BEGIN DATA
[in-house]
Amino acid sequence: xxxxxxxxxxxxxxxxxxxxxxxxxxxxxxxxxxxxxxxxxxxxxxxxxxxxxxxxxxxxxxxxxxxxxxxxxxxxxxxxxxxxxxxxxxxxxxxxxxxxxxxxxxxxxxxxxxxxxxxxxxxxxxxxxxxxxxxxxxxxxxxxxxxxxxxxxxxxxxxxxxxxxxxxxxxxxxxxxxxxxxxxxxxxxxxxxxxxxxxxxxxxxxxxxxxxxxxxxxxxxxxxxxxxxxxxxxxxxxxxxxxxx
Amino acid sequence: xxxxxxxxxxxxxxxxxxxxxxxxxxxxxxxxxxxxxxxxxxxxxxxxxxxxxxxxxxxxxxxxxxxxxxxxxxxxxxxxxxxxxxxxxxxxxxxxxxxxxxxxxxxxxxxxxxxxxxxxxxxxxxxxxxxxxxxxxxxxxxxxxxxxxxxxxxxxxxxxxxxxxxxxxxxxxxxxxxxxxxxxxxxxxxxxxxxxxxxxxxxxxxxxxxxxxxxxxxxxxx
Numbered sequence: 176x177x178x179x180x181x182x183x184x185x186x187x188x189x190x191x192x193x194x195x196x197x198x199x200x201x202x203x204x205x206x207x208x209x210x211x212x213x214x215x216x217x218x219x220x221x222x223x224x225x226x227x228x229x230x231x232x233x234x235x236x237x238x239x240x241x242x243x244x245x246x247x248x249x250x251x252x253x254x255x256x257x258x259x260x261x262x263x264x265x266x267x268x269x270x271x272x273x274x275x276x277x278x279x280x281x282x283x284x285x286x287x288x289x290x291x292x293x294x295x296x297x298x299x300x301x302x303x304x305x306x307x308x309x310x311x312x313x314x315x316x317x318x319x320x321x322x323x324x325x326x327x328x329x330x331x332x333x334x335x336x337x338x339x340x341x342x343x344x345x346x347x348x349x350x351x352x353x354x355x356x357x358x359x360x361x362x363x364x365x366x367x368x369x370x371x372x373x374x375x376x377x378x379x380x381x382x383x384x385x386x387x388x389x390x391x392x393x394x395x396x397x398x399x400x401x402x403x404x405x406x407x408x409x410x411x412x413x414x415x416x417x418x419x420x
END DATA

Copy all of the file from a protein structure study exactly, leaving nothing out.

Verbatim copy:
[in-house]
Amino acid sequence: xxxxxxxxxxxxxxxxxxxxxxxxxxxxxxxxxxxxxxxxxxxxxxxxxxxxxxxxxxxxxxxxxxxxxxxxxxxxxxxxxxxxxxxxxxxxxxxxxxxxxxxxxxxxxxxxxxxxxxxxxxxxxxxxxxxxxxxxxxxxxxxxxxxxxxxxxxxxxxxxxxxxxxxxxxxxxxxxxxxxxxxxxxxxxxxxxxxxxxxxxxxxxxxxxxxxxxxxxxxxxxxxxxxxxxxxxxxxxxxxxxxxx
Amino acid sequence: xxxxxxxxxxxxxxxxxxxxxxxxxxxxxxxxxxxxxxxxxxxxxxxxxxxxxxxxxxxxxxxxxxxxxxxxxxxxxxxxxxxxxxxxxxxxxxxxxxxxxxxxxxxxxxxxxxxxxxxxxxxxxxxxxxxxxxxxxxxxxxxxxxxxxxxxxxxxxxxxxxxxxxxxxxxxxxxxxxxxxxxxxxxxxxxxxxxxxxxxxxxxxxxxxxxxxxxxxxxxxx
Numbered sequence: 176x177x178x179x180x181x182x183x184x185x186x187x188x189x190x191x192x193x194x195x196x197x198x199x200x201x202x203x204x205x206x207x208x209x210x211x212x213x214x215x216x217x218x219x220x221x222x223x224x225x226x227x228x229x230x231x232x233x234x235x236x237x238x239x240x241x242x243x244x245x246x247x248x249x250x251x252x253x254x255x256x257x258x259x260x261x262x263x264x265x266x267x268x269x270x271x272x273x274x275x276x277x278x279x280x281x282x283x284x285x286x287x288x289x290x291x292x293x294x295x296x297x298x299x300x301x302x303x304x305x306x307x308x309x310x311x312x313x314x315x316x317x318x319x320x321x322x323x324x325x326x327x328x329x330x331x332x333x334x335x336x337x338x339x340x341x342x343x344x345x346x347x348x349x350x351x352x353x354x355x356x357x358x359x360x361x362x363x364x365x366x367x368x369x370x371x372x373x374x375x376x377x378x379x380x381x382x383x384x385x386x387x388x389x390x391x392x393x394x395x396x397x398x399x400x401x402x403x404x405x406x407x408x409x410x411x412x413x414x415x416x417x418x419x420x